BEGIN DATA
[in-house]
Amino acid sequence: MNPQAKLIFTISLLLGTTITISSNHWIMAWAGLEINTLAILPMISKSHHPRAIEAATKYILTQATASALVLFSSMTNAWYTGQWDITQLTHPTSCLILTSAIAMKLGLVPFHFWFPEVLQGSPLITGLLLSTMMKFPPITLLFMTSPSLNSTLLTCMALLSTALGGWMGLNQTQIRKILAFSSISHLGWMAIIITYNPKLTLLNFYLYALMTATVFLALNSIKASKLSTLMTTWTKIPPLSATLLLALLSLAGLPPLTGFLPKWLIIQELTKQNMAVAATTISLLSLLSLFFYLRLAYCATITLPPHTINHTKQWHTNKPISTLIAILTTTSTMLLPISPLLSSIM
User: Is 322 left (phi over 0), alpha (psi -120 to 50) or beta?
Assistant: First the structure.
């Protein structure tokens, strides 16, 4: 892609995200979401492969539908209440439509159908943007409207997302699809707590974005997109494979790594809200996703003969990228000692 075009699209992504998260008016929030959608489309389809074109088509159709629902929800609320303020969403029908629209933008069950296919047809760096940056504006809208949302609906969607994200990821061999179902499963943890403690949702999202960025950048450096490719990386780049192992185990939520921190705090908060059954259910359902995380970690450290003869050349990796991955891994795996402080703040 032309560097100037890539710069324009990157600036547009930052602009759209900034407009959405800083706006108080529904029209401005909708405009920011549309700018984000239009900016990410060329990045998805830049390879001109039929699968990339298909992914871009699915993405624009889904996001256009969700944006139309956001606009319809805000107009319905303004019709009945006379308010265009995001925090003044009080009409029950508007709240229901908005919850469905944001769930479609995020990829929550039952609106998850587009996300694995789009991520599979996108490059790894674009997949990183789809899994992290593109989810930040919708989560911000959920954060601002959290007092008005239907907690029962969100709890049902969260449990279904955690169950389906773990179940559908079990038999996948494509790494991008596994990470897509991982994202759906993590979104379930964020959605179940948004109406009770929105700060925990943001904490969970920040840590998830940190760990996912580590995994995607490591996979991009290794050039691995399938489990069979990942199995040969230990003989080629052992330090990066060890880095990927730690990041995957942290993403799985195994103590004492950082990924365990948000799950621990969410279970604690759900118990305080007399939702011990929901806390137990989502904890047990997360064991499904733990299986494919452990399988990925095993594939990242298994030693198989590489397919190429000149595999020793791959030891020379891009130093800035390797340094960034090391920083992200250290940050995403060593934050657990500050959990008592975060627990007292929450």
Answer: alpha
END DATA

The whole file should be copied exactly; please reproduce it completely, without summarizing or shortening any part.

[in-house]
Amino acid sequence: MNPQAKLIFTISLLLGTTITISSNHWIMAWAGLEINTLAILPMISKSHHPRAIEAATKYILTQATASALVLFSSMTNAWYTGQWDITQLTHPTSCLILTSAIAMKLGLVPFHFWFPEVLQGSPLITGLLLSTMMKFPPITLLFMTSPSLNSTLLTCMALLSTALGGWMGLNQTQIRKILAFSSISHLGWMAIIITYNPKLTLLNFYLYALMTATVFLALNSIKASKLSTLMTTWTKIPPLSATLLLALLSLAGLPPLTGFLPKWLIIQELTKQNMAVAATTISLLSLLSLFFYLRLAYCATITLPPHTINHTKQWHTNKPISTLIAILTTTSTMLLPISPLLSSIM
User: Is 322 left (phi over 0), alpha (psi -120 to 50) or beta?
Assistant: First the structure.
């Protein structure tokens, strides 16, 4: 892609995200979401492969539908209440439509159908943007409207997302699809707590974005997109494979790594809200996703003969990228000692 075009699209992504998260008016929030959608489309389809074109088509159709629902929800609320303020969403029908629209933008069950296919047809760096940056504006809208949302609906969607994200990821061999179902499963943890403690949702999202960025950048450096490719990386780049192992185990939520921190705090908060059954259910359902995380970690450290003869050349990796991955891994795996402080703040 032309560097100037890539710069324009990157600036547009930052602009759209900034407009959405800083706006108080529904029209401005909708405009920011549309700018984000239009900016990410060329990045998805830049390879001109039929699968990339298909992914871009699915993405624009889904996001256009969700944006139309956001606009319809805000107009319905303004019709009945006379308010265009995001925090003044009080009409029950508007709240229901908005919850469905944001769930479609995020990829929550039952609106998850587009996300694995789009991520599979996108490059790894674009997949990183789809899994992290593109989810930040919708989560911000959920954060601002959290007092008005239907907690029962969100709890049902969260449990279904955690169950389906773990179940559908079990038999996948494509790494991008596994990470897509991982994202759906993590979104379930964020959605179940948004109406009770929105700060925990943001904490969970920040840590998830940190760990996912580590995994995607490591996979991009290794050039691995399938489990069979990942199995040969230990003989080629052992330090990066060890880095990927730690990041995957942290993403799985195994103590004492950082990924365990948000799950621990969410279970604690759900118990305080007399939702011990929901806390137990989502904890047990997360064991499904733990299986494919452990399988990925095993594939990242298994030693198989590489397919190429000149595999020793791959030891020379891009130093800035390797340094960034090391920083992200250290940050995403060593934050657990500050959990008592975060627990007292929450």
Answer: alpha